So, the world’s richest man has become ‘poacher turned game-keeper’? The Bill Gates crusade to persuade his fellow billionaires to share the love, by pledging to give away their fortunes, whilst simultaneously preventing malaria is very much admired. But his idea – albeit not a new one – that the only way to prevent a giant financial blackhole is to tax robotic automation, seems, well…..a bit rich. If you pardon the pun.
His Microsoft packages did a brilliant job of ridding offices of clerical staff across the world and his email system must have put a sizeable dent in the Royal Mail’s ‘year-end’. Yet we all survived. Why? Because for one simple reason; innovation is proven to create jobs, develop new industries, not destroy them.
Clearly, low skilled or manual jobs have been, and will continue to be at the greatest risk. The next march, are industries typically occupied by the middle classes. Top of the Pops, were insurance underwriters who have a 98.8% chance of C3PO pinching their job. Closely followed by motor insurance assessors and credit analysts both up around 98%.
The latter, essentially exists already. It doesn’t matter how nicely you smile at the mortgage advisor, or raise funding capital, the banks decision is almost always based on a set of algorithms, not on the person, their idea, a watertight business plan or stellar track record.
Medium risk industry sectors included judges, detectives and economists, all around the 40% mark. And anyone sitting reading this whilst finishing a triple heart bypass or trafficking Heathrow airspace, can sleep easier tonight as your considered the lowest risk.
The robots don’t always succeed either. In Japan, a nation fuelled by an obsession with technology they have ditched robotic waiting and bar staff. The hospitality industry is forever conjuring up ways to improve margins. Automated coffee machines or even ordering a Big Mac are everyday examples of how robotic processes make us more productive and our life more simple…..yet more beige and frustrating.
What robots can’t replace is the worth of human interaction. If you’re paying £50 a head for dinner then a welcoming smile, perhaps a little aimless chit-chat about the weather is all part of the experience. Great service is as important as the food on the table or contemporary art on the walls.
If the Luddites had had their way, there would have been no industrial revolution. Henry Ford may not have considered the impact her had when introducing the car. It probably hit the equestrian and cart making sectors pretty hard. But, we moved on. And we soon grasped that the invention of the telephone could both save us time and be handy in an emergency.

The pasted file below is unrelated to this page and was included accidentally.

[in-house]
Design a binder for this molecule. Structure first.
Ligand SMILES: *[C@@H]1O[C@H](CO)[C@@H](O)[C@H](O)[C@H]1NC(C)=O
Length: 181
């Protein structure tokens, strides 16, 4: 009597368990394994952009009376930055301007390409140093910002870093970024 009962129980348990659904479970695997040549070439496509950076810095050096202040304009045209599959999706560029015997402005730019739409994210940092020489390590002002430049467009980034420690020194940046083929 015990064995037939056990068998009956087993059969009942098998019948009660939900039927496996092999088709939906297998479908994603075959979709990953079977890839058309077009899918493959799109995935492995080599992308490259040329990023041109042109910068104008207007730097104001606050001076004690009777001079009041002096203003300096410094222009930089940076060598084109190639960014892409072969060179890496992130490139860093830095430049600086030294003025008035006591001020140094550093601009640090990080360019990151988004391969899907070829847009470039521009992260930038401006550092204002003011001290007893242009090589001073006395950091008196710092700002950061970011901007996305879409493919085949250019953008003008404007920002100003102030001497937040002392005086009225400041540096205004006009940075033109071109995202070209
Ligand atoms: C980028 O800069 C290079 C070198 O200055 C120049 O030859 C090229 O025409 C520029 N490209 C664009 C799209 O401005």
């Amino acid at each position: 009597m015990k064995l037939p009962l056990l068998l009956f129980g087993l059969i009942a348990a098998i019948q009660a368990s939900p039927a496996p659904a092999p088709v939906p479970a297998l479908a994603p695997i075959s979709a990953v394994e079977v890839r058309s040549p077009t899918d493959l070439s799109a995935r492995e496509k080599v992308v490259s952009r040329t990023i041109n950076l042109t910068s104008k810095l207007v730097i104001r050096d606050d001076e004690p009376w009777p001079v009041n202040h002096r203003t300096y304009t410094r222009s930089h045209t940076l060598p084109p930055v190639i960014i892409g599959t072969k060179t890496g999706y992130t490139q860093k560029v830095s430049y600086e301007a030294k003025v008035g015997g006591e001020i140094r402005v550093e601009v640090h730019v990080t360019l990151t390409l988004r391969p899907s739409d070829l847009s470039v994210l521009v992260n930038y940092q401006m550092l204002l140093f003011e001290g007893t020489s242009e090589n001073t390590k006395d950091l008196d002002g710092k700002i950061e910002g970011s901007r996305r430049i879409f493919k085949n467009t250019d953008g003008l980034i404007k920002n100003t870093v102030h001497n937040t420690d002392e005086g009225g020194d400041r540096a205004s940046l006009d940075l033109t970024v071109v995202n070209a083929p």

In more recent years’ industries have had to reposition or structure much quicker and this trend is likely to continue. When email replaced the letter, the meteoric rise of internet shopping has kept postmen so busy. We now have over 63,000 companies in the UK post and logistics industry alone.
On the flipside, the frantic race to have our roads full of driverless vehicles will impact on jobs within this sector. The trade off, will be the manufacturers and engineers who build them, plus the miners who are needed to feed the car companies appetite for the lithium and borate needed to keep the batteries going. It’s swings and roundabouts.
So, instead of taxing robots, we should not actually be giving tax breaks and be looking to the future on how best to harness our creativity and the freedom automation continues to bring?
Asides ignoring the actual thing that’s made him wealthy, the other oddity with Bill Gates’ comments is it will ultimately be businesses, not the robots that are taxed. Yes, the annual payroll take will drop, but this will simply be replaced with the various array of blunt tools governments use to extract money such as corporation tax or VAT.
His socialist notion that governments will become bankrupt, health care systems collapse (in our case, even further than currently) and half the world will end up jobless whilst a handful of Artificial Intelligence trillionaires rake in all the cash is a little laughable. Especially when he’s been steadily selling off his enormous stake from his previous robot built cash guzzling empire.
Robots, in case he hasn’t noticed, don’t have social security numbers, final workplace pension schemes or need to use any public services. They will continue to replace the mundane, work long hours without complaint, which will make the cost of consumer goods cheaper.
However, it’s not only been Bill ‘Brewster’s Millions’ Gates getting in on the robot welfare act. It’s also not our highly strung, and overly precious university students frantically concerning themselves with how a transgender Mexican built robot might feel if you wore a sombrero on a Friday night out.
Yes, you’ve guessed it. It’s those other highly compassionate officials over in Brussels.
Thankfully, they recently voted to reject the idea of a direct tax on robots, but not before debating whether robots have ‘human rights’. The clue is in the title Mr Junker. Robots are not human. They don’t have sneaky fag-breaks and spend Friday afternoons Googling restaurant options or Saturday’s team news.
It’s reading stories like this that make me very concerned we’ll ever manage to find our way out of the EU. If Theresa May’s crack negotiating team stumble, perhaps, the robots can take over?